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Theatre / Rusalka

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Renée Fleming as the titular water nymph

Rusalka is one of 10 operas by Czech composer Antonín Dvořák. With a libretto by Jaroslav Kvapil based on Slavic folklore and the fairy tales of Karel Jaromír Erben and Bozena Nemcová, Rusalka is also Dvorák's most famous opera. It first premiered on March 31st, 1901 at the National Theatre in Prague.

The Slavic version of The Little Mermaid, our heroine Rusalka is a water nymph who lives in a lake instead of the ocean. She falls in love with a human prince and wishes to become human, so Rusalka goes to Jezibaba, the witch, to do so. Jezibaba demands that Rusalka gives up her voice, which is a terrible thing to do in an opera, but she does it anyways. The Prince quickly becomes disenchanted with the mute Rusalka, falling instead in love with the evil, manipulative Foreign Princess, and ends up being cursed by Vodník, Rusalka's father. This being an opera, there is no happy ending. Betrayed, Rusalka returns to her lake, where she learns she must stab the Prince in order to become a water spirit again. But she doesn't have the heart to do so, and thus ends up condemned to be a demon of death.


Later on, the Prince arrives, on the verge of death. He meets Rusalka and begs her to kiss him, even though he knows her kiss will mean death and damnation. He and Rusalka sing a ravishing love duet, at the end of which they kiss. The Prince dies, and Rusalka returns to the lake, now a vengeful spirit of death.

Rusalka is one of the few Czech operas that tends to be a staple of opera companies worldwide, and the titular role herself is quite demanding, even if she doesn't sing for almost an entire act. The "Song to the Moon" aria from Act I ("Měsíčku na nebi hlubokém" in Czech) is the most popular excerpt from this opera, and is frequently performed for concerts and recitals.


This Work Provides Examples of:

  • Adult Fear: Vodník goes through this as he sees Rusalka suffering, lamenting over how she's struggling to be a human.
  • All of the Other Reindeer: How Rusalka feels in Act II, especially when you see the way the Gamekeeper and Turnspit talk about her, and the way the Foreign Princess treats her.
  • Alpha Bitch: The Foreign Princess.
  • Aristocrats Are Evil: The Foreign Princess definitely counts as this.
  • And I Must Scream: A sort of subversion; Rusalka isn’t allowed to speak among the humans, but she’s able to speak with her father Vodník and the witch Jezibaba.
  • Be Careful What You Wish For: Or else it’ll end in death of the one you love and eternal damnation for yourself!
  • Become a Real Boy: Rusalka yearns to become a human and feel love. However, if she fails to win the Prince’s heart, she’ll turn into a death demon at the bottom of the lake.
  • Berserk Button: Seeing Rusalka being mistreated by the Prince, the Foreign Princess, the Turnspit, and the Gamekeeper is a huge one for Vodník, who curses the Prince and scares both the Gamekeeper and Turnspit away from the forest.
  • Beware the Nice Ones: Vodník is friendly towards the wood nymphs and fatherly towards Rusalka. He also get dangerously pissed off when he sees the Prince mistreating Rusalka, as well as hearing the Gamekeeper and Turnspit claiming that Rusalka has betrayed the Prince.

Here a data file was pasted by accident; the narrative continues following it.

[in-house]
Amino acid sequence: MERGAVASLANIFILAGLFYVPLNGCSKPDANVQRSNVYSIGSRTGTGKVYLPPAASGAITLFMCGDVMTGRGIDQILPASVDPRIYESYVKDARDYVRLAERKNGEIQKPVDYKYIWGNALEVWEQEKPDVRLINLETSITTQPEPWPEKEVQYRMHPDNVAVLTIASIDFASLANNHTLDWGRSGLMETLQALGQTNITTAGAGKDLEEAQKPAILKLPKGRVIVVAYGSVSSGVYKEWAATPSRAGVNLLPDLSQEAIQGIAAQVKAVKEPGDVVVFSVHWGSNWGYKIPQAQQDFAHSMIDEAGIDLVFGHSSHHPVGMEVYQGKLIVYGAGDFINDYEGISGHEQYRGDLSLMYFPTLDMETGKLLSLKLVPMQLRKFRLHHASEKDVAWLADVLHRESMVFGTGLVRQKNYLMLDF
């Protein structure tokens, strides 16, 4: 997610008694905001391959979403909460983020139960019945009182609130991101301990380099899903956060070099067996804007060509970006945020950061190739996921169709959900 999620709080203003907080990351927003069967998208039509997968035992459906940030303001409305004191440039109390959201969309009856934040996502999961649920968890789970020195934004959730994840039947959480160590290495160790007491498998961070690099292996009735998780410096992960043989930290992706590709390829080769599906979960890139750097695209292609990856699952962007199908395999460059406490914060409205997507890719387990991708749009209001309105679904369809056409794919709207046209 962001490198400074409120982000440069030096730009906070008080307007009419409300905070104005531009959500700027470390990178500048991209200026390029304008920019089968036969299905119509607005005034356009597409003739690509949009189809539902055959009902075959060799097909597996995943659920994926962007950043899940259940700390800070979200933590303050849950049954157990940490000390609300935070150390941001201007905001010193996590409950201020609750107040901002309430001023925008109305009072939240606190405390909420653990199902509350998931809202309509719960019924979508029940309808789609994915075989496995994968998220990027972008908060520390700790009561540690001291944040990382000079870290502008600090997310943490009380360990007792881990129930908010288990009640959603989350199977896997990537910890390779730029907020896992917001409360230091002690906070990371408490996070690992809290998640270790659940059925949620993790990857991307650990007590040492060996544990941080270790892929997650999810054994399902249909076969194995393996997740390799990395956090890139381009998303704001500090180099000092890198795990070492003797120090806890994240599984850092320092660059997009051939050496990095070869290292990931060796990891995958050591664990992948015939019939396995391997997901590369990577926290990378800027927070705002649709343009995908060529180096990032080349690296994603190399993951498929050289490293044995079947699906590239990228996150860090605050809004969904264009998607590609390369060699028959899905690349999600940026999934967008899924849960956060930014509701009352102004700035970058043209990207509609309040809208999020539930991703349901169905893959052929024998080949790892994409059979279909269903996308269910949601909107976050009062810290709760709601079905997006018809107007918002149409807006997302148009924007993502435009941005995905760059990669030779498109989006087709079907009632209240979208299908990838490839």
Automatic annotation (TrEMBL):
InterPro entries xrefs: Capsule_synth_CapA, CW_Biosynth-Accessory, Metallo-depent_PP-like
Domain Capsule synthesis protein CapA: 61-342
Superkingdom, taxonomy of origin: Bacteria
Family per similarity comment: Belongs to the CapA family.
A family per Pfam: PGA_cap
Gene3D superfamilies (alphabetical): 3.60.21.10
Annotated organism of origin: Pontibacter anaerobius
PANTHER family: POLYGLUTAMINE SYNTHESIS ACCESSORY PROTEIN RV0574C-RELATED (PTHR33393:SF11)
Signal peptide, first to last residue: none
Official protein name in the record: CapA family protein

• Break the Cutie: Poor Rusalka. She gives up her voice and immortality in order to find love with the Prince, who quickly grows indifferent to her when she can’t speak and thinks she’s too cold before pursuing a Foreign Princess, even kissing her in front of Rusalka! Even worse, Rusalka cannot return to the lake and is condemned by her sisters, so she ends up as a demon of death trapped at the bottom of the lake.
  • Bittersweet Ending: The Prince tracks down Rusalka in Act III, who has become doomed to wander as a death spirit, and begs for her forgiveness and for her to kill him with a kiss. Rusalka does so, allowing the Prince to die happily in her arms.
  • Cross-Cast Role: The role of the Turnspit is sung by a soprano.
  • Curse Escape Clause: Jezibaba tells Rusalka that she must stab the Prince in order to become a water spirit again. However, Rusalka doesn’t have the heart to do so.
  • Cute Mute: Rusalka when she's human and voiceless, especially when she meets the Prince.
  • Daddy's Girl: Rusalka is this to Vodník. He watches over her when she's at the ball and laments at how Rusalka doesn't fit in with the humans, and after the Prince callously turns Rusalka away, he curses him out of rage.
  • Dark Is Not Evil: Jezibaba is more of a neutral figure in the opera, as she had no ulterior motivations, and her price was simply payment. Plus, she does give Rusalka an opportunity to become a water spirit again.
  • Deal with the Devil: In order for Rusalka to be a human and gain a human soul, she has to give up her speech and immortality, and the Prince must be faithful to her. If she fails to win the Prince’s heart, he will die and Rusalka will be eternally damned.
  • Delicate Is Beautiful: Definitely how the Prince sees Rusalka in Act I, especially since she’s so shy to his affections.
  • Despair Event Horizon: At the start of Act III, when Rusalka cannot bring herself to kill the Prince and is rejected by her sisters, causing her to turn into a death spirit.
  • Died in Your Arms Tonight: Played for drama. The Prince is sick and begs Rusalka to kiss him so he can die. Despite her hesitation, she kisses him and he dies in her embrace.
  • Dogged Nice Guy: Zig-zagged. The Prince seems to be a good guy in Act I, when he falls in love with Rusalka. Come Act II, and he’s grown bored of her and takes an interest in the Foreign Princess on his wedding day. However, he ultimately feels guilty about his actions in Act III, and accepts death happily.